In such a lengthy flight, the male has a lower chance of successfully catching and harming the female. Cockatoo breeders in Australia and other countries where the birds are kept in huge flights do not record aggression-related mortality during the breeding season. As a result, it is essential that the vendor notify the buyer about the size and kind of cage in which the birds were kept. Moving a pair of parrots from a big flight to a smaller flight may be disastrous for the couple. This may result in extreme tension and aggressive behavior in certain species, such as Eclectus. When formerly happy and compatible pairings are put in smaller cages, they might become antagonistic and violent. It is also critical to arrange caged breeding pairs above, rather than below, your eye level. The tension of caged birds is increased when they are placed below your eye level.

Transporting Adult Birds

Preventing violent behavior during transit should be addressed by putting each bird in a different compartment or container. Individual birds in even the most connected, compatible couples might become confused, afraid and eventually violent when brought together in a container. In a matter of minutes, deaths have occurred from this ill-advised technique. It is smart management and good business to plan for the safe transportation of a pair of birds from one facility to another by ensuring that each one is crated in its own compartment.

Smooth Selling —The Importance of Transition

Birds For Sale

Most of us who raise birds also sell birds, and occasionally we purchase birds. Probably the majority of birds sold are young birds, bred to be companions in a house or family. Some are young birds bred to be future breeding birds. We sometimes sell older birds or pairings that we have chosen not to retain. Perhaps we are lowering our breeding stock to lessen our burden, or perhaps we are eliminating certain species from our breeding program to make place for others. In all these circumstances when birds are sold or acquired, the birds are travelling from an environment with which they are accustomed to an environment that is utterly new and unfamiliar. This is a significant transition in the life of a pet bird or breeding bird that should be taken seriously and properly arranged by both the seller and the purchaser.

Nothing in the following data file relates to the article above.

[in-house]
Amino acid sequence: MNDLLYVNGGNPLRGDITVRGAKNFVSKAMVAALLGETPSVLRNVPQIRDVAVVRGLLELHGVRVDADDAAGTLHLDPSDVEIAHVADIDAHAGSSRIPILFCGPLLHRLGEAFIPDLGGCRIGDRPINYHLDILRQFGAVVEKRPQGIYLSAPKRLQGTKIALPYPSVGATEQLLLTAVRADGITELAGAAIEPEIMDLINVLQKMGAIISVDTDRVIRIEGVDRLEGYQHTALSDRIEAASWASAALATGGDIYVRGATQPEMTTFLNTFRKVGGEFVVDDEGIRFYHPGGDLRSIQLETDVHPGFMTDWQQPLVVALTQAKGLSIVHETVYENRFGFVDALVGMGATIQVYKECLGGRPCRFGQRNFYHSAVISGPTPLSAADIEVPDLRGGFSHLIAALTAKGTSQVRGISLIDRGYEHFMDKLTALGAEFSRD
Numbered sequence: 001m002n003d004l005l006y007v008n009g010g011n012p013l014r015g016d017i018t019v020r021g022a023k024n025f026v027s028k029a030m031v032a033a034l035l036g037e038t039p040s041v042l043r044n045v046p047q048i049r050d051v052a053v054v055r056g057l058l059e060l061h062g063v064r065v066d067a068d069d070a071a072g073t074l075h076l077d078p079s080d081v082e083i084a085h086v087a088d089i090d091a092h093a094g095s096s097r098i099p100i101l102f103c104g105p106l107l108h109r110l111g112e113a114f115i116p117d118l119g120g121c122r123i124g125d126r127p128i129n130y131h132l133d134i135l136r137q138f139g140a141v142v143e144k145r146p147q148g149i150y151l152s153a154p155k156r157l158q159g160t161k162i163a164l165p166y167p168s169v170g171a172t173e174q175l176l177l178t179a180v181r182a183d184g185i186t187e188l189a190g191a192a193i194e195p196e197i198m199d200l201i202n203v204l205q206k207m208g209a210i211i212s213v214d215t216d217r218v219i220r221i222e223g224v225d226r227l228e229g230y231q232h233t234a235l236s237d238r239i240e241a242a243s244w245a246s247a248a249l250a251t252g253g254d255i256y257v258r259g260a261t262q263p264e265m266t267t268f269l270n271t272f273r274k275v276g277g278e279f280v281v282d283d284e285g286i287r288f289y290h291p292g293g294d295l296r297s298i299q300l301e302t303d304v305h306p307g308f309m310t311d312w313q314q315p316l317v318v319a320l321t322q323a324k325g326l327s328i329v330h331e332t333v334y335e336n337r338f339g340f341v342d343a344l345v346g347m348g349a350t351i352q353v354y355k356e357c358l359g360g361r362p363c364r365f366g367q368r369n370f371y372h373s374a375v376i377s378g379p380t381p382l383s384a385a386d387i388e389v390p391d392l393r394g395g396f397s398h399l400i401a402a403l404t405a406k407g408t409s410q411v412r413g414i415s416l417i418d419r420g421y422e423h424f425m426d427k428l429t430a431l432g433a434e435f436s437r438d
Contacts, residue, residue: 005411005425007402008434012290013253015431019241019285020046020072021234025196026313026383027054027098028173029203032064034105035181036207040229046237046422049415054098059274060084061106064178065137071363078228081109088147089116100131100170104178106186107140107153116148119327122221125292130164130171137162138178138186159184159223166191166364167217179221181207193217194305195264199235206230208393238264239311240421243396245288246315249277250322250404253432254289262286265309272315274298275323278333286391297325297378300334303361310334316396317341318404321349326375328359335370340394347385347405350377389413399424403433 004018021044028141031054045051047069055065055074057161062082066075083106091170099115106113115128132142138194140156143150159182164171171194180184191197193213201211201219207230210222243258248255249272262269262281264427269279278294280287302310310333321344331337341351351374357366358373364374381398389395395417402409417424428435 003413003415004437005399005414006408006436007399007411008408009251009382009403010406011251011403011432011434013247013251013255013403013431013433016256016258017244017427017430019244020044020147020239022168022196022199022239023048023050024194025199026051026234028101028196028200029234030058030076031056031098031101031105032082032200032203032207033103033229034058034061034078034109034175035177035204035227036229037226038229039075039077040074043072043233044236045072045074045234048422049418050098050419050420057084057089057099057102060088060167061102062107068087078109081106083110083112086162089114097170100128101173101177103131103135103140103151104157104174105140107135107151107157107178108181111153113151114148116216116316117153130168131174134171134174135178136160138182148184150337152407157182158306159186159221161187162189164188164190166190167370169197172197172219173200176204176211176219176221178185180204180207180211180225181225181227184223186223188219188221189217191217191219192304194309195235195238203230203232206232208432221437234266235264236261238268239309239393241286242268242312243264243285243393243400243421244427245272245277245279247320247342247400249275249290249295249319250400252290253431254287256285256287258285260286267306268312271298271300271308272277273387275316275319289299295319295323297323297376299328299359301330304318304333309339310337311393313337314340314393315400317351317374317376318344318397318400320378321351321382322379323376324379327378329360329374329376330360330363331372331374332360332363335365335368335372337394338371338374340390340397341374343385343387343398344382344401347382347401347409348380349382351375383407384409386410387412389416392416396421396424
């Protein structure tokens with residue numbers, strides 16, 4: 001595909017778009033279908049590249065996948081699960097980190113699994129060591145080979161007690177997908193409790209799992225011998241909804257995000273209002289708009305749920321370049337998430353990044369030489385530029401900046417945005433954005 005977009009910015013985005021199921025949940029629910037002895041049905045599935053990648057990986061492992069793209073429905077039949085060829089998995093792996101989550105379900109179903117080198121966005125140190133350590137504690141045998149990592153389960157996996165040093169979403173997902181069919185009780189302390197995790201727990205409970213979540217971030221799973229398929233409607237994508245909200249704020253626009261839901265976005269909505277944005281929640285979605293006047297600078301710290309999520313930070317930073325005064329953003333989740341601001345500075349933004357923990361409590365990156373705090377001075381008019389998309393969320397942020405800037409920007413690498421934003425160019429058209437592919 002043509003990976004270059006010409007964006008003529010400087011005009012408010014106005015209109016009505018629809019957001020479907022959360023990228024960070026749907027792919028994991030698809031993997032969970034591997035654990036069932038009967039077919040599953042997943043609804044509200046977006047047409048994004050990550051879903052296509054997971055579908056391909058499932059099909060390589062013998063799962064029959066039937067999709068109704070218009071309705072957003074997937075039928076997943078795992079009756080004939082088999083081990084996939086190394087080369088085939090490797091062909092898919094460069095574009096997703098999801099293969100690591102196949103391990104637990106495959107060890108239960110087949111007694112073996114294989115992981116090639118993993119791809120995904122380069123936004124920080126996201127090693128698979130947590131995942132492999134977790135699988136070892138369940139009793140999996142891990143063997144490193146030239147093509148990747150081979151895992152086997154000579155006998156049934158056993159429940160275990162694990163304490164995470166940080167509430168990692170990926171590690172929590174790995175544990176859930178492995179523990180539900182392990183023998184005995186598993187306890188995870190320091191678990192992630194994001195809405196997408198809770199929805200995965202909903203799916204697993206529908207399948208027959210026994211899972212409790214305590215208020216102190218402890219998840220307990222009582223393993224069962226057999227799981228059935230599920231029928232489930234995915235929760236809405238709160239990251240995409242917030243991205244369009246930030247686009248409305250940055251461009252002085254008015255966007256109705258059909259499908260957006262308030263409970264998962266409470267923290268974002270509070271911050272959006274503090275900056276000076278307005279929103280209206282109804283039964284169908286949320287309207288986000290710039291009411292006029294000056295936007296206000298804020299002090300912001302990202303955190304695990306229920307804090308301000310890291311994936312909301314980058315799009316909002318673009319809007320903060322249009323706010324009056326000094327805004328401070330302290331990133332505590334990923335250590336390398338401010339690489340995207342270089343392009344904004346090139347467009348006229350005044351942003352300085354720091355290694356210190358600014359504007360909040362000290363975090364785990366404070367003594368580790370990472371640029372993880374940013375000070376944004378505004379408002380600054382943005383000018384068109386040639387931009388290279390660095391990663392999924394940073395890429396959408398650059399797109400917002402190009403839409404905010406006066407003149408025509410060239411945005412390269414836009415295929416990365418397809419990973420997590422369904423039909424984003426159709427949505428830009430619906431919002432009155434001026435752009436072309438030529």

According to field biologists, young parrots in the wild grow up and learn about their surroundings with the help of their parents. After fledging, they stay with their parents; they learn the location of numerous food sources and how to obtain the food. They acquire proper and acceptable behaviour from their parents and the flock throughout their early infancy. Although new, unexpected, and seasonal occurrences occur in their everyday lives, the locations of food supplies stay generally stable, and they are familiar with their same-species daily companions. They basically live in a world that is quite familiar to them.

Hand-Raised Babies

Our hand-reared young birds go into the unknown. Weaned baby parrots are old enough to feed on their own but still require parental assistance and direction. Bird breeders that work with the public must prepare both the newborn birds and the new owners for this significant shift from their original home to the new one. Bird breeders often have a wealth of fundamental information about the birds they produce, but the person adopting a companion bird may have little understanding about birds, much alone “bird” common sense. We who raise birds often forget what we didn’t know when we initially got our first bird. We had to learn by trial and error, often at the price of the birds.

Transition Preparation

It helps a young bird feel more at ease in a carrier if the bird has spent an hour or more in a carrier with a bowl of food and a toy on multiple occasions. The carrier then ceases to be menacing. Young birds that have been in a vehicle are more relaxed when they travel. When a baby bird is reared with a range of toys, it may have a preference. Sending a favorite toy with the young bird helps it adjust to its new surroundings. For breeders who have the time and inclination, letting the new owner see the baby bird on multiple times boosts the comfort level of the young bird with its new owner. For those of us who send birds across the nation, this is not always doable. However, there are several steps we may take to assist the bird adapt smoothly.

Wing Trims

I’ve seen and heard of several major issues caused by poor wing trims over the years. The worst case scenario is when all of the flying feathers, primary and secondary, are clipped. Although I am not aware of any veterinarians who prescribe this specific cut, I am aware of several who have done it. When alarmed, birds with this cut may jump from their owner’s arm or the cage, only to fall to the floor like a stone. These birds suffered sternum injuries, and one of them had a fractured back.